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Assessing systolic function in aortic stenosis: the earlier the better?
  1. Navtej Chahal1,
  2. Roxy Senior1,2
  1. 1 Cardiology, Northwick Park Hospital, Harrow, UK
  2. 2 Department of Cardiology, Royal Brompton Hospital, London, UK
  1. Correspondence to Professor Roxy Senior, Department of Cardiology, Royal Brompton Hospital, London SW3 6NP, UK; roxysenior{at}cardiac-research.org

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Looking beyond ejection fraction

There has been considerable effort in the heart failure community to unearth parameters that quantify true myocardial function better than left ventricular ejection fraction (LVEF), a largely volumetric representation of global function. LVEF can be preserved despite significant myocyte dysfunction—as the myocardium is multi-layered, processes affecting one layer can be compensated for by others limiting remodelling, maintaining volumes and preserving LVEF. Therefore, it is no surprise that 50% of patients who present with heart failure have preserved LVEF. LVEF is also load dependent and can be preserved despite advanced myocardial disease, for example, in severe mitral regurgitation when afterload is reduced. Recently, the limitation of relying on a ‘normal’ LVEF to risk stratify patients with severe aortic stenosis (AS) has been demonstrated—with an LVEF of up to 60% still associated with worse survival.1 In these patients, small, hypertrophied LV cavities are associated with both circumferential and longitudinal fibre dysfunction, yet geometric factors serve to maintain a misleadingly normal LVEF.2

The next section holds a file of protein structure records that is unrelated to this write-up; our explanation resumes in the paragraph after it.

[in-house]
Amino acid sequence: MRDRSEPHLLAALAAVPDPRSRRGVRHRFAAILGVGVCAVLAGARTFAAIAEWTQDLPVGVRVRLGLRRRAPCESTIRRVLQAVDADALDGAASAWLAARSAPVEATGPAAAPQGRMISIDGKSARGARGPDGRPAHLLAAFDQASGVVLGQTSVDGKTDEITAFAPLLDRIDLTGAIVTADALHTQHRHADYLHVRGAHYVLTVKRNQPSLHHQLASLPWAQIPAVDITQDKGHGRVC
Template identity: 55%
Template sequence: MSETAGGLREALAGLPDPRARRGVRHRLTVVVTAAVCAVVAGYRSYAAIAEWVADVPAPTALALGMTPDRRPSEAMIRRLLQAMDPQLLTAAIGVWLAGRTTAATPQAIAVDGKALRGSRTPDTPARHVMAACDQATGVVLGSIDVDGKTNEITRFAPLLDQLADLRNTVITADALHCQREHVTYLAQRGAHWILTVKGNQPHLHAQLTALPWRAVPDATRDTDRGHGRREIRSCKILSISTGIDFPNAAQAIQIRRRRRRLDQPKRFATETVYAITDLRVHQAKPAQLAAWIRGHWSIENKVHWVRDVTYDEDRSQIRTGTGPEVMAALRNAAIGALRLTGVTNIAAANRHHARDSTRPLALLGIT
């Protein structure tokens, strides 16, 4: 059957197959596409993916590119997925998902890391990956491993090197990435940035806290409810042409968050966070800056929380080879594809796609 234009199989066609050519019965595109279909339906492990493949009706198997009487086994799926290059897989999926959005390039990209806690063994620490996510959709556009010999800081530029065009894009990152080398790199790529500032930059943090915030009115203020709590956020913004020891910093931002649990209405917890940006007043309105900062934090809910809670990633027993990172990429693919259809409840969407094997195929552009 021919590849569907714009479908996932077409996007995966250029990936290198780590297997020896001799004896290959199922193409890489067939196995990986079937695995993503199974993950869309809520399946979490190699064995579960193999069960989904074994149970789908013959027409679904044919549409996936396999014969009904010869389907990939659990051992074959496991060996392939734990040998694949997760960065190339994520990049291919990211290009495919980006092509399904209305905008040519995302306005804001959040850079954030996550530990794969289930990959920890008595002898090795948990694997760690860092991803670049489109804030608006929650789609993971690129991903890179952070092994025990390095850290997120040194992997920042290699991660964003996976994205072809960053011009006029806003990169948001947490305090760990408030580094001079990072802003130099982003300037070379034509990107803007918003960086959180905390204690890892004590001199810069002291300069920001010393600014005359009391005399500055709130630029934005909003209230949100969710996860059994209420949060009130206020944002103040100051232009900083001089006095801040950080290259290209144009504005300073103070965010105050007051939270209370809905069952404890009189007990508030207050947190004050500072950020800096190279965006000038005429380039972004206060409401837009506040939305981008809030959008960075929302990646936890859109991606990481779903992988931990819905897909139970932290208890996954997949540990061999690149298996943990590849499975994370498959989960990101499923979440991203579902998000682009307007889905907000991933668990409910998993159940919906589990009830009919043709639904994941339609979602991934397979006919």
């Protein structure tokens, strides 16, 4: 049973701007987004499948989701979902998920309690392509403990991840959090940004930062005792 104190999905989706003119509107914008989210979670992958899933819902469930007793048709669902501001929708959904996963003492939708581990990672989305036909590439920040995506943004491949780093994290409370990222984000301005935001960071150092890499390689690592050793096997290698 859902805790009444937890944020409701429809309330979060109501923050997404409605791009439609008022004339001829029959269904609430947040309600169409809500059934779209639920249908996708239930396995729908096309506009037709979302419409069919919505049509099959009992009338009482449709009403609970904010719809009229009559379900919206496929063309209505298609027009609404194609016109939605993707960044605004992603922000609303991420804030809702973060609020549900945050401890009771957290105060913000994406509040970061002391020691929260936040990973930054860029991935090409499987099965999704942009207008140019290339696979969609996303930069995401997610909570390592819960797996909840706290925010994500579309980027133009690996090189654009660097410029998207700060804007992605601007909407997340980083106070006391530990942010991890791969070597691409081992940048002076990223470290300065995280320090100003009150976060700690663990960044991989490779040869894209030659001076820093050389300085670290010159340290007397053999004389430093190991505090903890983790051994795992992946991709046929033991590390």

Imaging biomarkers of intrinsic contractility are clearly more desirable—with global longitudinal strain (GLS) a recent front runner. GLS detects abnormalities of the subendocardial fibres which is particularly relevant in patients with AS and concomitant LV concentric …

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Footnotes

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  • Contributors Both authors contributed to comception, writing and editing of article.

  • Funding The authors have not declared a specific grant for this research from any funding agency in the public, commercial or not-for-profit sectors.

  • Competing interests None declared.

  • Patient and public involvement Patients and/or the public were not involved in the design, or conduct, or reporting, or dissemination plans of this research.

  • Patient consent for publication Not required.

  • Provenance and peer review Not commissioned; externally peer reviewed.

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